A Tea Fight in Uzbekistan

The killing of many people by the military in the city of Andijan in Uzbekistan (see The Independent) places yet another uncomfortable spotlight on the foreign policy of the United States.  In this year's State of the Union speech, President George W. Bush declared: "America will stand with the allies of freedom to support democratic movements in the Middle East and beyond, with the ultimate goal of ending tyranny in our world."  With respect to this position, critics will point to a number of undemocratic tyrants which are supported by the United States.  On top of the parade is Uzbekistan and its President Islam Karimov.  In spite of an appalling human rights record (see The Guardian and US State Department), Uzbekistan receives more than 100 million US dollars in foreign aid and allows the United States to access an airbase in Uzbekistan in return.

How appalling is that human rights record?  Uzbekistan is often associated with the act of boiling people as a means of torture.  In World Opinion Roundup: Bush's People Power Problem (Washington Post, May 17, 2005), the following exchange took place:

Arlington, Va.: Has there been any confirmation of the reports that the Uzbek government has boiled opponents ? I know this sounds pretty strange, but the rumor is out there and would be pretty gnarly if so. However, we must deal with many countries that do not have democracies, constitutions, the prohibition on cruel and unusual punishment and a whole host of other things we find objectionable - if it is in our interests. Either that, or change some of our interests and that can be inconvenient. Sure it would be great if everyone could be free, but sometimes that can be pretty risky to some of our interests. Cruel and unusual is somewhat ambiguous anyway. C'est la vie.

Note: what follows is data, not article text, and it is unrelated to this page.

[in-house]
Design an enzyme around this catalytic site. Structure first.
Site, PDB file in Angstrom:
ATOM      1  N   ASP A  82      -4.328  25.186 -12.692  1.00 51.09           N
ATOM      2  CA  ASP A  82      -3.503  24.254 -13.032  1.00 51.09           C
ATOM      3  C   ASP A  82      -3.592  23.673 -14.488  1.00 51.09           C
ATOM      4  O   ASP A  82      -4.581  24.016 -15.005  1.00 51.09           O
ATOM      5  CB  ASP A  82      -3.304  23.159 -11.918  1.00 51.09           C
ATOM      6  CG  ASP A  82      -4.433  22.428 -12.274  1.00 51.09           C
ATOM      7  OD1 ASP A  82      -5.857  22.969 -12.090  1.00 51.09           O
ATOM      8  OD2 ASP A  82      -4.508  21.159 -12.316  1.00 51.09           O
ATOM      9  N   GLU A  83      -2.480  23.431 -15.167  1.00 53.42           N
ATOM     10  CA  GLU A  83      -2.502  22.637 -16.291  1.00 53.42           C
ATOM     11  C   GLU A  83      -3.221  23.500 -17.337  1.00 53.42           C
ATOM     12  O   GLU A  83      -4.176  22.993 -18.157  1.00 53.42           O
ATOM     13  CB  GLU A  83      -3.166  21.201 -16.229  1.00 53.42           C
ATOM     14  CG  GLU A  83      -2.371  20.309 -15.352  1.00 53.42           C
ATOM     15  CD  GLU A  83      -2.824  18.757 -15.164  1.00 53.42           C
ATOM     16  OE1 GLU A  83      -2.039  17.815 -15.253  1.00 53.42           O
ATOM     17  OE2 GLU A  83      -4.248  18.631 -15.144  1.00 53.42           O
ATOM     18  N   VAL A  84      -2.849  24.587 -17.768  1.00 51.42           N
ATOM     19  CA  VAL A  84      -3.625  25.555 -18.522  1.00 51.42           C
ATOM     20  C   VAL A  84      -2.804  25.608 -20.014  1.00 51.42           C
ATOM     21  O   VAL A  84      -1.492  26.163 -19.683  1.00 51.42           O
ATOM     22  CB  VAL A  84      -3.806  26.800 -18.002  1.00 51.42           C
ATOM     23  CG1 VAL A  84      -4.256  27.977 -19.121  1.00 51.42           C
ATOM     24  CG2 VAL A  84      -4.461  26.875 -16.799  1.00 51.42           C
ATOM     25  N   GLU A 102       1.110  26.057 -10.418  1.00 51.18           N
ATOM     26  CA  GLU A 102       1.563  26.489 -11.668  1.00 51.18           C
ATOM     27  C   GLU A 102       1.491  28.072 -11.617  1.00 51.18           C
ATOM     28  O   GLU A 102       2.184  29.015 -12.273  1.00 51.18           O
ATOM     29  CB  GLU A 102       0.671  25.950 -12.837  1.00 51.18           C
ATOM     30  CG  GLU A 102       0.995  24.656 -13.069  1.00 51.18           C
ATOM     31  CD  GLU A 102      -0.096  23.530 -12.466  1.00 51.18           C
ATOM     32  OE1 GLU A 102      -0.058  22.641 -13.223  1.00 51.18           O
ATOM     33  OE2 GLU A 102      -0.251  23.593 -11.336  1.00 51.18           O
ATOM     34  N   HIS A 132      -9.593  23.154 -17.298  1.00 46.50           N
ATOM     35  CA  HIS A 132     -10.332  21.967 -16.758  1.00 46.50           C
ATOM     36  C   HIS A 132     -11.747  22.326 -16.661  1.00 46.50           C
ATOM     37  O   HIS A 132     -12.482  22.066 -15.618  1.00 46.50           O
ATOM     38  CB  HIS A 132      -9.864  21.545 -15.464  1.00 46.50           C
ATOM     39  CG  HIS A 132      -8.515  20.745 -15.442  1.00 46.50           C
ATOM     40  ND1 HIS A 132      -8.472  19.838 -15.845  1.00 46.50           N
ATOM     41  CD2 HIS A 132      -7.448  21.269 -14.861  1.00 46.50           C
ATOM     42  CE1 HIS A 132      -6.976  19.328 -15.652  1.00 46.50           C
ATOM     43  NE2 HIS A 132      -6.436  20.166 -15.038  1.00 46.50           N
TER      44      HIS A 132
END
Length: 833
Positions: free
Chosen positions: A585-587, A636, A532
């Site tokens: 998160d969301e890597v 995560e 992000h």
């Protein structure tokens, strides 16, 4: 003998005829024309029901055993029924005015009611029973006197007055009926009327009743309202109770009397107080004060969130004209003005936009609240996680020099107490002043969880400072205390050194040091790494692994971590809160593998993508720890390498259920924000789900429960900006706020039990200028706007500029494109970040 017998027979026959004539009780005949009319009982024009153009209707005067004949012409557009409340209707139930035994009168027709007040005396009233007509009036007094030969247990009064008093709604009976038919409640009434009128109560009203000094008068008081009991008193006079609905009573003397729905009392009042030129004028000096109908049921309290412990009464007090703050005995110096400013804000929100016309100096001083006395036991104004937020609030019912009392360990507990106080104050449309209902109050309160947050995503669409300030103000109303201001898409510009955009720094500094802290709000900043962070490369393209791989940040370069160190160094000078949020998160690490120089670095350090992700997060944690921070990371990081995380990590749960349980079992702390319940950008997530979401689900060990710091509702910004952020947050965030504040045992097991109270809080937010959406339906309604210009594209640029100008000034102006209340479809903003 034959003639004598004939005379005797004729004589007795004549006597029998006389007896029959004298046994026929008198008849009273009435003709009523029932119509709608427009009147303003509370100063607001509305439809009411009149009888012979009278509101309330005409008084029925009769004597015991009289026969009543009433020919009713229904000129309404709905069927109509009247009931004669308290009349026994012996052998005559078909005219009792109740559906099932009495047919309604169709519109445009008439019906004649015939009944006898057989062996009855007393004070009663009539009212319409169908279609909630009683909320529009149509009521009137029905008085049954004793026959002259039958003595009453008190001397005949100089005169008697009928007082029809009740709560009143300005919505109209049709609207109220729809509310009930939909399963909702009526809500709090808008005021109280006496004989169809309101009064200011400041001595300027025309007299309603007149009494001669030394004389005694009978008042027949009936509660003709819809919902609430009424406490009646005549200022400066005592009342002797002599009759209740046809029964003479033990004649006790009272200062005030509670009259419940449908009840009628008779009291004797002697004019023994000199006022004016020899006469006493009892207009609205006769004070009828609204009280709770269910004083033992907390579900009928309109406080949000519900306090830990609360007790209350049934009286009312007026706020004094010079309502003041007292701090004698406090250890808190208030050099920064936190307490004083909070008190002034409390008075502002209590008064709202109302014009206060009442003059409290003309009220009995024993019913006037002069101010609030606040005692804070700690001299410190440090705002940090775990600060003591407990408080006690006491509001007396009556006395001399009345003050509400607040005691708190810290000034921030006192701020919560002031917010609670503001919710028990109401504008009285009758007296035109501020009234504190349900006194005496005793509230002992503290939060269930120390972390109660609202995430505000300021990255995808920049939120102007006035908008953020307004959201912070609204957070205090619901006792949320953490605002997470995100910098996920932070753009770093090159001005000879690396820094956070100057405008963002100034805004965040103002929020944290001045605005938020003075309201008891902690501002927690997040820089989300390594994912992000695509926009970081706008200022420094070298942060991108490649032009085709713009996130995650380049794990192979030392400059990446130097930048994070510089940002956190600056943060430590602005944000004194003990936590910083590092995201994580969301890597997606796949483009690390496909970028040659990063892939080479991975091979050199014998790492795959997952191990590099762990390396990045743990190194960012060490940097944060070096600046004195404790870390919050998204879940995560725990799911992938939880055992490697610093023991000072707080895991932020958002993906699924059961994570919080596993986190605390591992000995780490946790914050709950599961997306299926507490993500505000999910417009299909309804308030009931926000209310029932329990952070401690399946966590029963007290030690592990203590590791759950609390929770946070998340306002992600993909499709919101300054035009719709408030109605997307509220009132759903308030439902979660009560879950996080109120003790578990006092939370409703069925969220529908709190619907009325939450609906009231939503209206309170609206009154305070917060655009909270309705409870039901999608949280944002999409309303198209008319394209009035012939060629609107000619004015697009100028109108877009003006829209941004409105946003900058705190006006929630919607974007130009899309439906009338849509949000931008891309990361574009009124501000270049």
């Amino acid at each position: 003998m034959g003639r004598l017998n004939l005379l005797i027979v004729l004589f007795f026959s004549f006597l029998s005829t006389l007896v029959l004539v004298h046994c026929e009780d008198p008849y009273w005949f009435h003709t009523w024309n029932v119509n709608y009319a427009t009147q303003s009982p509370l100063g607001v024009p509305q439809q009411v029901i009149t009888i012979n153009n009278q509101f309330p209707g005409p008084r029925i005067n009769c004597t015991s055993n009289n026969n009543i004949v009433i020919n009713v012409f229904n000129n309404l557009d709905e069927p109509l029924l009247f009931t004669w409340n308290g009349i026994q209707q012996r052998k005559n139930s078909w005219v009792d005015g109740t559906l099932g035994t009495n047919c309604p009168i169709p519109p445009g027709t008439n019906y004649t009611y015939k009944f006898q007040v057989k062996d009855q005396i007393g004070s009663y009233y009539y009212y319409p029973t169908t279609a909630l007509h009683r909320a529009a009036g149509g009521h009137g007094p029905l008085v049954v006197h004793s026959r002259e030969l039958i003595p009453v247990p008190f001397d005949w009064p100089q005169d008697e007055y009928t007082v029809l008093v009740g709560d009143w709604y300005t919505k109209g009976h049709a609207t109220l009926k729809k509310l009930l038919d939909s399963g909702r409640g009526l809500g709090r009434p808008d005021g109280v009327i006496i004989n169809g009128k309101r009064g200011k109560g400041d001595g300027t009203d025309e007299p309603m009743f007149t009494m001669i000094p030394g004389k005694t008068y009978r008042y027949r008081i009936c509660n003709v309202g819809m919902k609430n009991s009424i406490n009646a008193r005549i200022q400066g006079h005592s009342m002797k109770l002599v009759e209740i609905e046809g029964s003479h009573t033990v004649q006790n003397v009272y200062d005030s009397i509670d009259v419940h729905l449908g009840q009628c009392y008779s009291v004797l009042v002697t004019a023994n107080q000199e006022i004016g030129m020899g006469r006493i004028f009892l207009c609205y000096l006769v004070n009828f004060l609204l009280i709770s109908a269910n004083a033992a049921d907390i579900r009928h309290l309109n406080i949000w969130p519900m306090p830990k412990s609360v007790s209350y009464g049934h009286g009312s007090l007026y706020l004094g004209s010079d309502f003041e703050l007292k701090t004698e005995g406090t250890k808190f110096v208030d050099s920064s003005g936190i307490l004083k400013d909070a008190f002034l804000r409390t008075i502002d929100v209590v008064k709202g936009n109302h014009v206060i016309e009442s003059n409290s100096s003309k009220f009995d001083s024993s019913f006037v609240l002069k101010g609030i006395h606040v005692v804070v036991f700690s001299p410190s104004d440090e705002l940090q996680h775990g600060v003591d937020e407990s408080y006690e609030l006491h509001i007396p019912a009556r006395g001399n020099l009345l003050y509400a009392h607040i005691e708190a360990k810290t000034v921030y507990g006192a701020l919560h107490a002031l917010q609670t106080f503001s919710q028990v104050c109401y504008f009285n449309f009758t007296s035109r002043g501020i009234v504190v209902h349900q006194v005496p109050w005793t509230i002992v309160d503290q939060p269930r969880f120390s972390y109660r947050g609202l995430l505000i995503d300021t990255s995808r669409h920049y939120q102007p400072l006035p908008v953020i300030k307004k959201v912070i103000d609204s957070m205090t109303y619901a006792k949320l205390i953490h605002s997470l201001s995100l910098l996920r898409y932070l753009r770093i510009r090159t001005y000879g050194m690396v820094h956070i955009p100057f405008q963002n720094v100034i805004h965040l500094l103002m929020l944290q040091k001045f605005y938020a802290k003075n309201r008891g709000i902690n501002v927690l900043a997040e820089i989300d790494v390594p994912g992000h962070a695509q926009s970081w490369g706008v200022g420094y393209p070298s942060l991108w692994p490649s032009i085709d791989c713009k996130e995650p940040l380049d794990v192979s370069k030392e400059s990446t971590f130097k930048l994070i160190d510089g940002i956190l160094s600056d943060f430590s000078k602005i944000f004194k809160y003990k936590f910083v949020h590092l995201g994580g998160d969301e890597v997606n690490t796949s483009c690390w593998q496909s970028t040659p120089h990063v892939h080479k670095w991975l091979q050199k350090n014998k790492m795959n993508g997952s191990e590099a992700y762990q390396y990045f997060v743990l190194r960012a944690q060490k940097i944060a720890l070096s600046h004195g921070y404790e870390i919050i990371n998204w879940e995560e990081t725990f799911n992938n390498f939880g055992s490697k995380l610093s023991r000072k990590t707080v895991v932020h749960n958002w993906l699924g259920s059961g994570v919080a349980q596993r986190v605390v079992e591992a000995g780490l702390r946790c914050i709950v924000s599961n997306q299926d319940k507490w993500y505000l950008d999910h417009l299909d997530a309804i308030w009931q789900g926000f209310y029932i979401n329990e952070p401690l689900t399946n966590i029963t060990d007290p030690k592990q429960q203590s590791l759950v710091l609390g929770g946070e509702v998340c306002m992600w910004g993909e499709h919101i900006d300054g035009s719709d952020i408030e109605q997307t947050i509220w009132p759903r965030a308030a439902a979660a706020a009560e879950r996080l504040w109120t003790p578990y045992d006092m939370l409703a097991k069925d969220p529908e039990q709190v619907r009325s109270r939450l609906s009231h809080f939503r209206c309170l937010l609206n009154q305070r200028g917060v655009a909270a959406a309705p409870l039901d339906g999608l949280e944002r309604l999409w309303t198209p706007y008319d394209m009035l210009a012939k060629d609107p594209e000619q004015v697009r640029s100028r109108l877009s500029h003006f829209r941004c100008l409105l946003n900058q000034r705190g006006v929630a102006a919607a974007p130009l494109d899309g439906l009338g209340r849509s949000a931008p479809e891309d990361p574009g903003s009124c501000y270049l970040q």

Jefferson Morley: I haven't heard about boiling but human rights groups both in Uzbekistan and abroad are consistent in reporting torture as a routine practice in Uzbek jails.  "C'est la vie" seems a callous reaction to a government's policy of torture. If you or your relatives were being tortured, what would you say to someone who said "That's life?"

Do they really boil people in Uzbekistan?  The most famous instance is reported by Nick Paton Walsh in The Guardian on February 13, 2004:

The elderly mother of a religious prisoner allegedly boiled to death by Uzbekistan's secret police has been sentenced to six years in a maximum security jail after she made public her son's torture.  Fatima Mukhadirova, 63, a former market vegetable seller, is the mother of Muzafar Avazov, who died in the notorious Jaslik high security jail in 2002. She was convicted of attempting to "overthrow the constitutional order".

An Uzbek judge yesterday said she had "set up an underground cell of women propagating the ideas of [banned Islamic fundamentalist group] Hizbut Tahrir". The secret police had found "incriminating" pamphlets in her flat, a common occurrence in arrests of group members.

The British ambassador to Tashkent, Craig Murray, last night told the Guardian: "This is appalling. She took photographs of her son's corpse which she gave to the British embassy. The Foreign Office sent them to the University of Glasgow pathology department. Their forensic report said the body had clearly been immersed [in boiling water] because of the tide marks around the upper torso." He said that Ms Mukhadirova's continuing campaign seemed to explain why she had been targeted by the authorities. She now had a sentence of hard labour. "The chances of her surviving that are very limited," he said.

Uzbek prison authorities maintain that Mr Avazov died after inmates spilled hot tea on him. But the forensic report said that his teeth had been smashed and his fingernails torn out. His body was covered in burns. 

Here is when I begin to lose patience with western media practices.  The story should have been clear-cut as to what happened.  Instead, this is reduced to a "she said, he said" presentation for the sake of being fair and balanced.  Look at the last paragraph again:

Uzbek prison authorities maintain that Mr Avazov died after inmates spilled hot tea on him. But the forensic report said that his teeth had been smashed and his fingernails torn out. His body was covered in burns. 

Shouldn't it be easy just to publish those damned photographs!  Then it will become obvious that it was not a case of a cup of hot tea being spilled either accidentally or intentionally on the lap.  So why aren't those photographs published already?  That was because they are gruesome and some people might get 'upset.'

Here are two of those autopsy photos of Muzafar Avazov (WARNING: Extremely gruesome): Photo 1 and Photo 2.  After having looked at the photographs, would you believe that this was the result of a tea fight among prisoners?